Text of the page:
In the wake of Evan Bayh's pouty decision to leave Washington because of all the icky partisanship, the already escalating "Obama promised us bipartisanship and has failed to deliver" meme has flown into high gear.
Check out this beauty, from Mark Halperin:
Can Obama Rebuild Bipartisan Trust in Washington?
... Despite the President's paramount campaign promise to end the bitter recriminations and partisan animus that have defined Washington politics for almost two decades, genuine feelings of friendship across the aisle rarely animate the contours of the debate in Barack Obama's Washington.
Obama once appeared exceedingly well qualified to change the tone in Washington. He came armed with his résumé of bipartisan efforts in the Illinois state senate and in Congress, his balanced, unflappable temperament and his instinctual and biographical remove from the acidic Washington ethos. And Obama seemed to believe that, fundamentally, the system needed changing. He argued that securing real solutions to the biggest challenges confronting America — health care, energy, global warming, education — required legislators and citizens of all political stripes to contribute to and endorse the programs meant to solve them. Unlike Bill Clinton, Obama didn't emphasize detailed "third way" policy ideas. Rather, he simply posited that well-meaning people of both parties could work together in good faith to find resolutions in the nation's interest.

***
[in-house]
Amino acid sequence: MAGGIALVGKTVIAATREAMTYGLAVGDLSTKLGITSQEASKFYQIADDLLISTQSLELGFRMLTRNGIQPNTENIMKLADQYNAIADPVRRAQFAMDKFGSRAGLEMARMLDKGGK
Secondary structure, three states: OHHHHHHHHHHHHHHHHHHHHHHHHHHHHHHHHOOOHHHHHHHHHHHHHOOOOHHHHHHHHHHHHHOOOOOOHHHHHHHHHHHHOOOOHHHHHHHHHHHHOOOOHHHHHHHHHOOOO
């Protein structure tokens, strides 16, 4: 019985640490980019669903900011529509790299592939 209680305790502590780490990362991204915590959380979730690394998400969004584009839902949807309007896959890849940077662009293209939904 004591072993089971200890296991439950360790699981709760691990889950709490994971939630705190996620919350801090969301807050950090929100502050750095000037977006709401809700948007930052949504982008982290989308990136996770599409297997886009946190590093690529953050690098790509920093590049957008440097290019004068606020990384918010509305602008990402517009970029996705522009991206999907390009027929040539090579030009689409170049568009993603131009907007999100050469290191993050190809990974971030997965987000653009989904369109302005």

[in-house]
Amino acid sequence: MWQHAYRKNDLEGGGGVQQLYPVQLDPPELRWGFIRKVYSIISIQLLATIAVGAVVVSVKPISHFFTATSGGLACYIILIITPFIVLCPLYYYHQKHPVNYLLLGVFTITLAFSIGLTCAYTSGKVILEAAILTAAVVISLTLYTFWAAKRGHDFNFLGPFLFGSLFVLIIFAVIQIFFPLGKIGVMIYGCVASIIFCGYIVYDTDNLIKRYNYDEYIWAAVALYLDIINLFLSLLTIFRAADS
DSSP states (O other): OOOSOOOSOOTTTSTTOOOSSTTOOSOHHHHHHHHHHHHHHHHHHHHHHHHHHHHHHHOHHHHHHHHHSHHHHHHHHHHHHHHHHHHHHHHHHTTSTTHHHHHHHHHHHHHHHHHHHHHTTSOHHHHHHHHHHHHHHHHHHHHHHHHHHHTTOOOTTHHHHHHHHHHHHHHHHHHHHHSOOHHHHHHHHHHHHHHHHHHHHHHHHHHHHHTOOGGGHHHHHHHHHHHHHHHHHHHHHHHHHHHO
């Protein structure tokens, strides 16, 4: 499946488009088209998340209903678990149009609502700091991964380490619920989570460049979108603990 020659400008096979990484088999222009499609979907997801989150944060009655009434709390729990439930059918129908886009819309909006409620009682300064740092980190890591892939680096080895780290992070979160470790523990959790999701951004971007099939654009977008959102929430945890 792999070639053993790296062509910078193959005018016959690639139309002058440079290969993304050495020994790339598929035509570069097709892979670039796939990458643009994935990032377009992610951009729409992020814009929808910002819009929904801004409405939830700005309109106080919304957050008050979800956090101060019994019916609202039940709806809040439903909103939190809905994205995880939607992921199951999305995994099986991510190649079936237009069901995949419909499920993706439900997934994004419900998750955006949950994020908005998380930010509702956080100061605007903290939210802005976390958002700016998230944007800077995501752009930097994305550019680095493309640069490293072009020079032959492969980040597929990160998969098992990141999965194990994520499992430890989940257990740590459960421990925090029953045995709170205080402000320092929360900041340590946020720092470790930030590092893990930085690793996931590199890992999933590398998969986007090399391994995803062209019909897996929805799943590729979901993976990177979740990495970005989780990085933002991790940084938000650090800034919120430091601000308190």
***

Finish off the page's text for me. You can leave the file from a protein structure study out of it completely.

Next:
Yet, as a candidate, Obama was never very specific about those policy ideas and was scarcely tested by the media. Once in the White House, faced with a towering heap of problems, cosseted by a Democratic majority and confronted by a hostile Republican crowd, Obama cast his lot with a legislative strategy reliant on getting overwhelming support from Democrats, at the expense of building bipartisan coalitions and forming solid relationships with the opposition.
He goes on to advise the president that all he needs to do now is get the Republican poobahs in a room together and appeal to them to work with him for the good of the country. This solution is always considered common sense among numerous important players and observers, such as George W. Bush:
Blair said Rice has "got to succeed" if she goes to the region. Bush replied: "What they need to do is to get Syria to get Hezbollah to stop doing this shit.
And then there's John McCain:
"One of the things I would do if I were President would be to sit the Shiites and the Sunnis down and say, 'Stop the bullshit,'"
Easy as can be.
Actually, it's possible that if Obama agrees to pass the GOP agenda, preferably without as few Democratic votes as possible, they might even agree to help him (although that's a long shot too.) But short of that, I think the "stop the bullshit" approach isn't going to get him very far.